I return to the doorframe and a bird skeleton attacks, screeching, feathered with the same metal scales. Arms fly up instinctively. From inside, a gust of fire pulls the bird back, setting it alight. Tail like a link-chain, snapping and whirling as the bird gapes with skeletal beak, wings beating, sockets darkly empty.

And then…out of this flying fire and fury, an eagle with shimmering feathers, silver and tawny, edged with black. Focussed beyond me. It lifts its head, pours itself out of the room. Streams down the hill, feathers stripping off and swarming in the air. It pours and pours and pours into the world…above the world…around it…

As far as the eye can see, Scandinavian blue sky. Metallic feathers rocketing, orbiting like manic pigeons, red and black against blue. It is all I can see as I spin: Streaming colour. And somewhere up ahead, an eagle I know is unstoppable.

Three Scenes from a Scattering


Scene One: At the bar of a club, nursing a drink alone. Something whacks me from behind, crashing my teeth into the counter, smashing my glass. Everything is cloudy red and black, shooting white. The friend I'm accompanying is knocked out—black and white chevrons watch me threateningly from the floor. Did she pass out because we collided? Was she pushed? No. The man dancing with her says something inside just stopped… And so, it begins. Hong Kong's crazy skyline, glittering and wheeling above me. Pale blue smudging the sky as I rush from taxi to Emergency, flinging everything out of my pockets. Begging them to wheel her in as they insist on formalities…screaming now because she's turning blue…

Scene Two: The view is black and white, except neither colour is present. This is a world of greys, faintly tinted green—like a bad print job. Flour billows over the room as the camera pans left to right, across a large table with an ominous machine like a meat grinder, to a middle-aged woman. She's kneeling beside the table, facing forward with a prisoner's bob-cut, dressed in a dark shift, wailing with broken teeth. But it's unclear: Is she a monster, those sharp teeth her weapons? Is the grinder cranking out food for her children, possibly playing in the dust and dirt by her side, just out of view? Or is something more hideous hidden there, stretching and sticking to the floorboards? Is she beside the machine to receive something from it…or is she herself being secretly fed to it, behind the table, limb by limb?

Scene Three: A chocolate-coloured woman, slender, impossibly tall. Flowing hair, sparkling smile. Gorgeous. Dressed in stiff, strapless red, endless legs tipped with strappy yellow stilettos. She's entering my house and I want her there. But she attempts this diagonally, leaning back and angling herself along the double door's hypotenuse instead of crouching; she wants to enter unbowed… Almost makes it. There’s a slipping, slithering thump, legs splitting along the doorframe as though it's a shard of glass. She's on the floor now, in pieces. A crazy Picasso painting at my entrance… We spectate from the garden, confused and appalled.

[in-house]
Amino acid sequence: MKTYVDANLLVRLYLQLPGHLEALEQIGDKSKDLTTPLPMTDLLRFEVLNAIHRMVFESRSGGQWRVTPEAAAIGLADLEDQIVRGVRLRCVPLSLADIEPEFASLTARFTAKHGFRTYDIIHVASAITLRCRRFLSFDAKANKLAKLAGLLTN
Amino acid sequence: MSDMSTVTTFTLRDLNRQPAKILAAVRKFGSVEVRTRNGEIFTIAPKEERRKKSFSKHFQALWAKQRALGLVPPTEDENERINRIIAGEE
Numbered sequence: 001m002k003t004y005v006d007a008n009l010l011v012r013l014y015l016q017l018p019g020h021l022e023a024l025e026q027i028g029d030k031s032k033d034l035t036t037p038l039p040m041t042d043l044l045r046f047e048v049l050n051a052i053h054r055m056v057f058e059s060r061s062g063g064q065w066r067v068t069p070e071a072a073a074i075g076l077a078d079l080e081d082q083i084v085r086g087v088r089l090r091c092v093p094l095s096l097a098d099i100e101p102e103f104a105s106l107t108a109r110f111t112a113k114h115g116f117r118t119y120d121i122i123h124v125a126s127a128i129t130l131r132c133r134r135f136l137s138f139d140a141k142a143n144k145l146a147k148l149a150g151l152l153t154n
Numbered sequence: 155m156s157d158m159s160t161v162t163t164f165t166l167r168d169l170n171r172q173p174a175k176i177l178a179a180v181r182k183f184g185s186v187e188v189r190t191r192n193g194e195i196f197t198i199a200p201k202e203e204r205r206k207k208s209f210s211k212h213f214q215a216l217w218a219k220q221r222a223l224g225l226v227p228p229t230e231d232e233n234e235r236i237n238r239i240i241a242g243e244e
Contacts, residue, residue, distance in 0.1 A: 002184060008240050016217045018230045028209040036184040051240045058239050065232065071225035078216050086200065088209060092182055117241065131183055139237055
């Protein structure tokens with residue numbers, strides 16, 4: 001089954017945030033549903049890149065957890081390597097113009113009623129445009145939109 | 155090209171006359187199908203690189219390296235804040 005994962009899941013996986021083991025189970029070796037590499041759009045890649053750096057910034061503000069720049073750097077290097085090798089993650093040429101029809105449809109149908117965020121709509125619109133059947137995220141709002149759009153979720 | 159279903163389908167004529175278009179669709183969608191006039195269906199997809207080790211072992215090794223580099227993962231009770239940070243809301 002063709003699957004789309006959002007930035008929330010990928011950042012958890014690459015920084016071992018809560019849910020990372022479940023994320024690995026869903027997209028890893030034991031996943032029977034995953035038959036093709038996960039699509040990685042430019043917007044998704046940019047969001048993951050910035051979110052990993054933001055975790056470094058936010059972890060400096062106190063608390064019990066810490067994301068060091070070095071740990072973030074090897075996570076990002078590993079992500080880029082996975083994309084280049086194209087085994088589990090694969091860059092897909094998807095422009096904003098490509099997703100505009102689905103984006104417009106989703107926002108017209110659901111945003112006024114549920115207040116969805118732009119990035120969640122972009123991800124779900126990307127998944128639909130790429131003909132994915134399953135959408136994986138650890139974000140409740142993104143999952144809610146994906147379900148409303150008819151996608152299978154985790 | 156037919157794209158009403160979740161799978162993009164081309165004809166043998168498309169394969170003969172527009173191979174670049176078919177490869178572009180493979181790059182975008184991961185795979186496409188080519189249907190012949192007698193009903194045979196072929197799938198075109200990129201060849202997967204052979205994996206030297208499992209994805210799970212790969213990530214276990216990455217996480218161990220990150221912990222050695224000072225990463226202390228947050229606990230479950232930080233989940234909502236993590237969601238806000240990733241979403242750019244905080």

Grandfather saw a man

had lain with his daughter

Raised a thumb to her throat

left a mark; Yes

said my mother, I would—

I would


that mark



You are, to me

An Odundo vase

Warm terracotta

Burnished apart


With ash

With paper

With heart

You raise my gaze

You Odundo vase

Sinuous, curving

Lithe (with a start)

Full and rich

Handbuilt, tart

We came and knew

I swore, took part;

The earth says hear

And heart

And art




Circlets of fire

Toes set apart

Necks that can tilt

Hands that will dart

And truth, we see

Is life, sparked

Smelly Ditty

2016 | to be sung as a birthday present

Smelly socks, you remind me of the places that I've been to

Smelly socks, you remind me of the places I must go

Smelly socks, keep me singing just as my feet keep on stinking

So that I'll have more stories than the holes my toes poke through

For a Godson


You're a charm

In a cup

On a sea

Much too small

For the likes

Of a babe

Roaming free

Growing tall

You will fit

In the sky

Against clouds

And the stars

That you rise

Up to meet

Will make way

As you pass




Into the skeleton of love

falls the flesh of despair

Off the skin of salvation

falls the mark of desire

This Scent [Your Birds]


Molecules nest in folds

Hover over follicles

[du Maurier appears]

A sudden swirling

Blanketing attack

[The tide turns]

They retreat

To reassemble